I developed and grew healthy relationships with the men in my life in my single years. I can’t understate how important it is to develop healthy relationships with the opposite sex. It’s essential for us to learn how to relate with one another as men and women in a non-romantic context because we are co-labourers in Christ. There is no sphere of life you will go into where you won’t have to deal with someone of the opposite sex on some level. For some of us, we will be tasked with raising young boys to become Godly men. How can we do that if we have no revelation of who man is in the eyes of God?

A lot of the dysfunction found in relationships and marriages has its roots in our ignorance and wrong perceptions of how to relate with one another platonically. If you cannot relate in a healthy way with your father, uncles, brothers, male friends, etc there is no magic potion that you drink in a relationship that will instantly make you capable of dealing with your boyfriend or husband the way you need to.

We need to know how to guard our hearts where necessary, how to share our hearts and minds wholesomely, how to work with one another, how to lay down boundaries and maintain them, how to honour and cherish one another. Again, these things won’t magically be your portion once you enter a relationship.

I developed and grew healthy relationships with the women in my life in my single years. It’s been said that you’re the average of the five people that you spend the most time with. I’ll take it further and say as a woman, you’re the average of the five women you spend the most time with. If you don’t know how to relate in a healthy way with other women, what does that say about your relationship with yourself? You are a woman, after all. And everyone else cannot be the problem, except you. C’mon now. If you don’t have a healthy relationship with yourself, what hope does someone else have in relating with you?

Many of us are buried deep under the debris of everything “wrong” with womanhood and we need to fight our way out from under it. As a woman, you need women in your life. Not just any kind, but those who will ground you in your divine femininity, cheer you on as you pursue God’s purpose for your life and fearlessly take on the enemy by your side. If you can’t find one, then be one to someone else. It has to start from somewhere.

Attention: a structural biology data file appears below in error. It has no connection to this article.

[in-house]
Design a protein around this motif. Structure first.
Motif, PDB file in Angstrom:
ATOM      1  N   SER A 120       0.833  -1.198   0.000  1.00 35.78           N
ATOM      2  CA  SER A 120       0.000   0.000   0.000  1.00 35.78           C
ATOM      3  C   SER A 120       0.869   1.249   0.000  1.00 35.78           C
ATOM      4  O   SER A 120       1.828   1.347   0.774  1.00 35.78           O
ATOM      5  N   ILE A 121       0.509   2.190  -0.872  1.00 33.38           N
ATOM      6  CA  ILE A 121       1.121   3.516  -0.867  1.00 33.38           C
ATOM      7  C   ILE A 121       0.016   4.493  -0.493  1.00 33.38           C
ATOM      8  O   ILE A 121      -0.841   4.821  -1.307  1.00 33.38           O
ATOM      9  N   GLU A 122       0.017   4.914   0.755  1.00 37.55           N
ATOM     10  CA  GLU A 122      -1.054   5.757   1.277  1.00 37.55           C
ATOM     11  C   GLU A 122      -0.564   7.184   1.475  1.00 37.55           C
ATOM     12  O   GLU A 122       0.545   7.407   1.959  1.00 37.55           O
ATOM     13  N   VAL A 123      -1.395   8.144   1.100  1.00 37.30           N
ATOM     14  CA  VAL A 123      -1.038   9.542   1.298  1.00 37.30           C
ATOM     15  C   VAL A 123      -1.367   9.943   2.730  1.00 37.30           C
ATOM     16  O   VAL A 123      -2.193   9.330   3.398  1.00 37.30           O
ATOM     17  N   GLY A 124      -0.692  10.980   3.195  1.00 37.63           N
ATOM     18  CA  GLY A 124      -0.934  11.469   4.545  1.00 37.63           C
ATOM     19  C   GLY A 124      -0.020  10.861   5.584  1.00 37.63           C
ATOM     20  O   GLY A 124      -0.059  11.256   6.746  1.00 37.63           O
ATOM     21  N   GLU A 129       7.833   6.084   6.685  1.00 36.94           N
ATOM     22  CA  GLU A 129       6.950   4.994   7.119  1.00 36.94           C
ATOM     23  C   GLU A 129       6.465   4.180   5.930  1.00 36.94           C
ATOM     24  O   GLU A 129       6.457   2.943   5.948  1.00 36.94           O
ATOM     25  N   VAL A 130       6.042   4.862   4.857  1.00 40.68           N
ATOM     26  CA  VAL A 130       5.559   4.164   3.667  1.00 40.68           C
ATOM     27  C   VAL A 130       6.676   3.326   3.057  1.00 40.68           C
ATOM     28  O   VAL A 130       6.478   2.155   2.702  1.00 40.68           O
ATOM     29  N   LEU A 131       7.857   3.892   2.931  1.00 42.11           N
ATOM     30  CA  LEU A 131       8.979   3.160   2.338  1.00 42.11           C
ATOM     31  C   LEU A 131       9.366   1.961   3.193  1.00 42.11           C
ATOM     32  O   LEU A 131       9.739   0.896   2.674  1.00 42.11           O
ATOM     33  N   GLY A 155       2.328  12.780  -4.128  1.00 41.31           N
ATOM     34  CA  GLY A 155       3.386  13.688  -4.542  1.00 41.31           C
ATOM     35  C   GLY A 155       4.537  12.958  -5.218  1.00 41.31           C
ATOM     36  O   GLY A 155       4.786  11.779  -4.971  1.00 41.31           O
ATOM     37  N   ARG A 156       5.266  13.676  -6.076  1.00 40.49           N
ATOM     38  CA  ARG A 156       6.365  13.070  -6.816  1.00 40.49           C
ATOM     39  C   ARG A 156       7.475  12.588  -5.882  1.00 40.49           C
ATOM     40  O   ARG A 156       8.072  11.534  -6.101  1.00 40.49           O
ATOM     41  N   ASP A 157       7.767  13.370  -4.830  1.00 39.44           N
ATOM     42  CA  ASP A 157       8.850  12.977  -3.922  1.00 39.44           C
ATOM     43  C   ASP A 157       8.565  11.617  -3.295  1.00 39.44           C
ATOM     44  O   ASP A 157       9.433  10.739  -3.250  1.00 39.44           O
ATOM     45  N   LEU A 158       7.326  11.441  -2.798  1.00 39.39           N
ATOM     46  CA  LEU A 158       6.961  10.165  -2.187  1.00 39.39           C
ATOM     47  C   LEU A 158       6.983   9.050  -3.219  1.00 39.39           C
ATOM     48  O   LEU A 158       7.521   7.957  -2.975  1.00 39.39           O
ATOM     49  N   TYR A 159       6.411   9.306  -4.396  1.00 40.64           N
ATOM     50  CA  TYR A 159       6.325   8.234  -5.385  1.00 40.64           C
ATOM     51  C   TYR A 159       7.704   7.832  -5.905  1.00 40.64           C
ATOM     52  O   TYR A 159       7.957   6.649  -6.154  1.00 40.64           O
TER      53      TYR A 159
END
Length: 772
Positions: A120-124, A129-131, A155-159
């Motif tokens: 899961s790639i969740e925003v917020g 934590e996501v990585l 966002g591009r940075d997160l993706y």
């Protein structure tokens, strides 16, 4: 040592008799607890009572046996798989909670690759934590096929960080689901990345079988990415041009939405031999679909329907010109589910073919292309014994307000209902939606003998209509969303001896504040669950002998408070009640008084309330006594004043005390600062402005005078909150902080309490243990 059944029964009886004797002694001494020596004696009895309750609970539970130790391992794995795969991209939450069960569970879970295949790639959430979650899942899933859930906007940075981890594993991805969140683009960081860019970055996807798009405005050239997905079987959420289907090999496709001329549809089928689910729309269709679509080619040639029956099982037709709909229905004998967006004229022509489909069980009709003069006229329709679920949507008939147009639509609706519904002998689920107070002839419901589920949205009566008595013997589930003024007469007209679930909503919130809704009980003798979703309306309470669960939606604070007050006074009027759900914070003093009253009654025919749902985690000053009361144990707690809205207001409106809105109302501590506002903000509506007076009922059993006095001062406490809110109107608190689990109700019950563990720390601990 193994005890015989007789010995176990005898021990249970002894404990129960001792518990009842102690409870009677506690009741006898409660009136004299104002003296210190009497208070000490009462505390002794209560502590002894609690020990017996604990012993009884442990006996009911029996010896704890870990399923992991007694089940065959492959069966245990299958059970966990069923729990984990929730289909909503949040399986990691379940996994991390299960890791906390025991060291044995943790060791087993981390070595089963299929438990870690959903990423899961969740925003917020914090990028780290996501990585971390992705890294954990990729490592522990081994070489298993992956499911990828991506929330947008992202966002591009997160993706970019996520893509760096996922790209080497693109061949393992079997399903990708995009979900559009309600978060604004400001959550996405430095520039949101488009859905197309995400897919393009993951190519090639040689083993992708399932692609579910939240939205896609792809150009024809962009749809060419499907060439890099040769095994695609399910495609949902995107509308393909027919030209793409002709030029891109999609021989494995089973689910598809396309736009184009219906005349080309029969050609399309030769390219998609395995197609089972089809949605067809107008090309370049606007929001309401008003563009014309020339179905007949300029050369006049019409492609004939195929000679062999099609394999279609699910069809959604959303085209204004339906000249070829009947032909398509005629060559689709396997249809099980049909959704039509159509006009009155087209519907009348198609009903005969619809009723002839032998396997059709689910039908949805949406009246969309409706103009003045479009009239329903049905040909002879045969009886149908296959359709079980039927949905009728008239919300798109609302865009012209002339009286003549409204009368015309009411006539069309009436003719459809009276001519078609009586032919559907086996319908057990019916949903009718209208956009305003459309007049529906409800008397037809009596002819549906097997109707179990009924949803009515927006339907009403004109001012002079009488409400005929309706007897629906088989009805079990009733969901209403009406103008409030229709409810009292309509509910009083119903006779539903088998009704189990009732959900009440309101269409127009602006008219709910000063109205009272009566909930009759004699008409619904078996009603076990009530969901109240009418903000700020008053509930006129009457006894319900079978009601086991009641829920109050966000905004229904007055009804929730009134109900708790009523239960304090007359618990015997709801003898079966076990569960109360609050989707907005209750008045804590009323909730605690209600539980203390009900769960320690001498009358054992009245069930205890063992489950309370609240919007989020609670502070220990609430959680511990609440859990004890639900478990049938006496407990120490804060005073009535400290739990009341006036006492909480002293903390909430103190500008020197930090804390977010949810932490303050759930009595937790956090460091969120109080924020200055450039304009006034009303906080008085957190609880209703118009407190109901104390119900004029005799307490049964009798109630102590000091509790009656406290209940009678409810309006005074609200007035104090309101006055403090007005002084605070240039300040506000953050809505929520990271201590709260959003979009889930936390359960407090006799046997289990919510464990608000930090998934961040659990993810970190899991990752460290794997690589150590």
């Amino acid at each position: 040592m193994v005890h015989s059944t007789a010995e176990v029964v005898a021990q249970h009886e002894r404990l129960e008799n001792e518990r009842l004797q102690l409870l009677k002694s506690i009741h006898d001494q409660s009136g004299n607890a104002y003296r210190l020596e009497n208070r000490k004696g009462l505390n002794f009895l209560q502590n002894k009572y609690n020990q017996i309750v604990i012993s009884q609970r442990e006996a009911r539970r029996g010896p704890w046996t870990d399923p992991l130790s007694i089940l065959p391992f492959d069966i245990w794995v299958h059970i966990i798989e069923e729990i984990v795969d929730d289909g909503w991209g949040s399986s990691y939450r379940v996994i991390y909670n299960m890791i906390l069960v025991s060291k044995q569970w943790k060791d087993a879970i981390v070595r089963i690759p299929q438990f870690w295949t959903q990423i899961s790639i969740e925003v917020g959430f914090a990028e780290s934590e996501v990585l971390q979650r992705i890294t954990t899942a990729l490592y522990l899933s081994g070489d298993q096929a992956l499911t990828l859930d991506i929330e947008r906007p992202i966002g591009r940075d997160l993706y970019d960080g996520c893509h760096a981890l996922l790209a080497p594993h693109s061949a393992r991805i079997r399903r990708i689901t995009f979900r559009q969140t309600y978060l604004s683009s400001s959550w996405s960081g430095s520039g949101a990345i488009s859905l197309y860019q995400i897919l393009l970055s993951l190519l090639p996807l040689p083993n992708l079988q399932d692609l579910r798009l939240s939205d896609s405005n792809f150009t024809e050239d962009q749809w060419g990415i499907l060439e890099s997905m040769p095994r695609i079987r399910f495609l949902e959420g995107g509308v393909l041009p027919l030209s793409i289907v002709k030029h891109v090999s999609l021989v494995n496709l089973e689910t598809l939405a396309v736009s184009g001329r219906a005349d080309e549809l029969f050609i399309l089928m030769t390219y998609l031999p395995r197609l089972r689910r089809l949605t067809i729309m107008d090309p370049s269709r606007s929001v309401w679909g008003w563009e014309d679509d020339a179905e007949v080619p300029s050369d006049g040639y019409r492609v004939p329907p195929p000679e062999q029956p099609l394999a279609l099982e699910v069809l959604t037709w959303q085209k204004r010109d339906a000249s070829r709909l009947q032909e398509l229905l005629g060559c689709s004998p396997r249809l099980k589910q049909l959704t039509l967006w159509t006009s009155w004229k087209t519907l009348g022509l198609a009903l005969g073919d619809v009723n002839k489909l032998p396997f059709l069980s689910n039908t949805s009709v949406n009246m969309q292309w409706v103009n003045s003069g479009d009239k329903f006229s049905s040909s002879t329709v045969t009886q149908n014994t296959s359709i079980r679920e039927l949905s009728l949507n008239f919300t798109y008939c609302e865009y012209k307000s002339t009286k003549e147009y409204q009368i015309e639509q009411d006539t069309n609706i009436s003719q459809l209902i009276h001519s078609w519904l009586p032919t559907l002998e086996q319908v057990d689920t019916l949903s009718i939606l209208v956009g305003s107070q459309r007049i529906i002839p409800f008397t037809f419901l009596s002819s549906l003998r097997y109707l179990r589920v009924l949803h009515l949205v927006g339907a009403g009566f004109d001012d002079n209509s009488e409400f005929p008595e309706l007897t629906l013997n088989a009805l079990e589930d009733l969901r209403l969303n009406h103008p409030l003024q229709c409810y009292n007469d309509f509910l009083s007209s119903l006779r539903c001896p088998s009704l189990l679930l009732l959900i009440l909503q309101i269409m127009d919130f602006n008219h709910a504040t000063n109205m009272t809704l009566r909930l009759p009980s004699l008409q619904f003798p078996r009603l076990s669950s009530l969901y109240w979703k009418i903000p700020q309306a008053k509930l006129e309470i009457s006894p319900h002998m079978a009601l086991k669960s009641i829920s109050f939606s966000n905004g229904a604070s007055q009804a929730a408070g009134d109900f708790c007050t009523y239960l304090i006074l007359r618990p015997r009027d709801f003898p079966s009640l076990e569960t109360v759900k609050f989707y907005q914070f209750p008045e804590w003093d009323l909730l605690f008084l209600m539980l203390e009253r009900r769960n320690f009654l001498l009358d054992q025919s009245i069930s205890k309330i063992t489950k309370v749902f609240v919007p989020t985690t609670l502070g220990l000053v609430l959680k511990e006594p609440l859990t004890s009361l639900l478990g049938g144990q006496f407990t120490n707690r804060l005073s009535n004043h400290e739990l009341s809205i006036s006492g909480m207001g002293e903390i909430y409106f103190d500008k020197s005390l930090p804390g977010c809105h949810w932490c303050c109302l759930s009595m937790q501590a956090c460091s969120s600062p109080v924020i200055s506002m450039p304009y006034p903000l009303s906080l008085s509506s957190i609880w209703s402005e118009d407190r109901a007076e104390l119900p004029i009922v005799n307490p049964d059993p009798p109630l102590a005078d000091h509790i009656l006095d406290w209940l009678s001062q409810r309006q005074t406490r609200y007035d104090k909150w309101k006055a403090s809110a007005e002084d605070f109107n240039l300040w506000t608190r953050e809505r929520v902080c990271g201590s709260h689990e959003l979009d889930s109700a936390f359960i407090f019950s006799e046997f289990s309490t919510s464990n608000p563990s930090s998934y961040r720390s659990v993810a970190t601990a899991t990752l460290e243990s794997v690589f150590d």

“Your eyes saw my unformed substance; in your book were written, every one of them, the days that were formed for me, when as yet there was none of them.”

– Psalm 139:16 ESV

It’s unfortunate that so many of us treat being single as a misfortune we need to quickly get over. There is time and season for everything under the sun. God intentionally planned out every day of your life including those that you would be single.

There is a divine purpose for your singlehood. It’s not for nothing. It’s not a bus stop where you wait for a ride to destination marriage. Don’t waste it wishing for a different season that you’re completely unprepared for.

If reading this as a single woman, my prayer for you is that God would unveil the beauty of this season for you in a very unique and special way. May you cherish every moment for the treasure it is. May you grow exponentially in your awareness of your value inside out. May you flourish in the love of God that will never be surmounted by the love any man can give – even the one who may someday marry you.

2 thoughts on “Loving The Single Years

  1. Someone give this lady a megaphone!

    Was having this same conversation on Saturday with a dear friend in her 40s who's in that place of single hood. God has worked to make these years a joy and I agree with all you've said.

    Beautiful as always ❤

    Read a book called Getting Naked Later back in 2014 pre-marriage when it was free on noisable but is on sale now titled Cupid is A Procrastinator by Kate Hurley, a believer that had to learn to enjoy the single years. They are a joy.

    Book's here if anyone who reads it is interested – http://www.katehurley.com/book/4581196668

    Annie F. Downs captures this well in her book Let's All Be Brave. Enjoyed it in that season too.

    It's like wanting to skip the kid years to be a grown up (and those who do get to learn the hard way that the rush to get there makes the getting there robbed of the joy of the journey and you're cast straight deep into the weight of responsibility without joy or preparation)

    Really enjoyed this one Mary ❤

    Like